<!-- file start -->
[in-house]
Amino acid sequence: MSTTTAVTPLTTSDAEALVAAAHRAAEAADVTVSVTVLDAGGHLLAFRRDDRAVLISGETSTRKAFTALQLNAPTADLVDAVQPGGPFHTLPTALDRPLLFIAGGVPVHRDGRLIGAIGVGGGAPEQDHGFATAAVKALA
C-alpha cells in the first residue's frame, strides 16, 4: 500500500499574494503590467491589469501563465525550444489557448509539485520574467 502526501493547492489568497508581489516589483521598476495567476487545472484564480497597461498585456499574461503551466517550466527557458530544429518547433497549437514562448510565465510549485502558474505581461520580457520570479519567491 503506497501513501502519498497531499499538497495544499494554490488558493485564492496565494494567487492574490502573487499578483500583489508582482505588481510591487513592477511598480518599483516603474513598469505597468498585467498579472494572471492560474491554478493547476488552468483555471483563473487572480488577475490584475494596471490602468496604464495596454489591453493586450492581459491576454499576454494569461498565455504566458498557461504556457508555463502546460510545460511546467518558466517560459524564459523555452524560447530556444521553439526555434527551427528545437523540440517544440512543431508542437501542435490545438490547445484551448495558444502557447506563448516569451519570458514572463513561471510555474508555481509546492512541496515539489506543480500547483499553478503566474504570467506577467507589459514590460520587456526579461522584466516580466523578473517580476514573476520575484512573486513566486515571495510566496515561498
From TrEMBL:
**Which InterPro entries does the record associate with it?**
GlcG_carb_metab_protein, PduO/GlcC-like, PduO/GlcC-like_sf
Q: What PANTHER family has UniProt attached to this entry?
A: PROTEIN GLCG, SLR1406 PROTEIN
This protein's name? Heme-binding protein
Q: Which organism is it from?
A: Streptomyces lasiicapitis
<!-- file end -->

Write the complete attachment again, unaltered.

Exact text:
[in-house]
Amino acid sequence: MSTTTAVTPLTTSDAEALVAAAHRAAEAADVTVSVTVLDAGGHLLAFRRDDRAVLISGETSTRKAFTALQLNAPTADLVDAVQPGGPFHTLPTALDRPLLFIAGGVPVHRDGRLIGAIGVGGGAPEQDHGFATAAVKALA
C-alpha cells in the first residue's frame, strides 16, 4: 500500500499574494503590467491589469501563465525550444489557448509539485520574467 502526501493547492489568497508581489516589483521598476495567476487545472484564480497597461498585456499574461503551466517550466527557458530544429518547433497549437514562448510565465510549485502558474505581461520580457520570479519567491 503506497501513501502519498497531499499538497495544499494554490488558493485564492496565494494567487492574490502573487499578483500583489508582482505588481510591487513592477511598480518599483516603474513598469505597468498585467498579472494572471492560474491554478493547476488552468483555471483563473487572480488577475490584475494596471490602468496604464495596454489591453493586450492581459491576454499576454494569461498565455504566458498557461504556457508555463502546460510545460511546467518558466517560459524564459523555452524560447530556444521553439526555434527551427528545437523540440517544440512543431508542437501542435490545438490547445484551448495558444502557447506563448516569451519570458514572463513561471510555474508555481509546492512541496515539489506543480500547483499553478503566474504570467506577467507589459514590460520587456526579461522584466516580466523578473517580476514573476520575484512573486513566486515571495510566496515561498
From TrEMBL:
**Which InterPro entries does the record associate with it?**
GlcG_carb_metab_protein, PduO/GlcC-like, PduO/GlcC-like_sf
Q: What PANTHER family has UniProt attached to this entry?
A: PROTEIN GLCG, SLR1406 PROTEIN
This protein's name? Heme-binding protein
Q: Which organism is it from?
A: Streptomyces lasiicapitis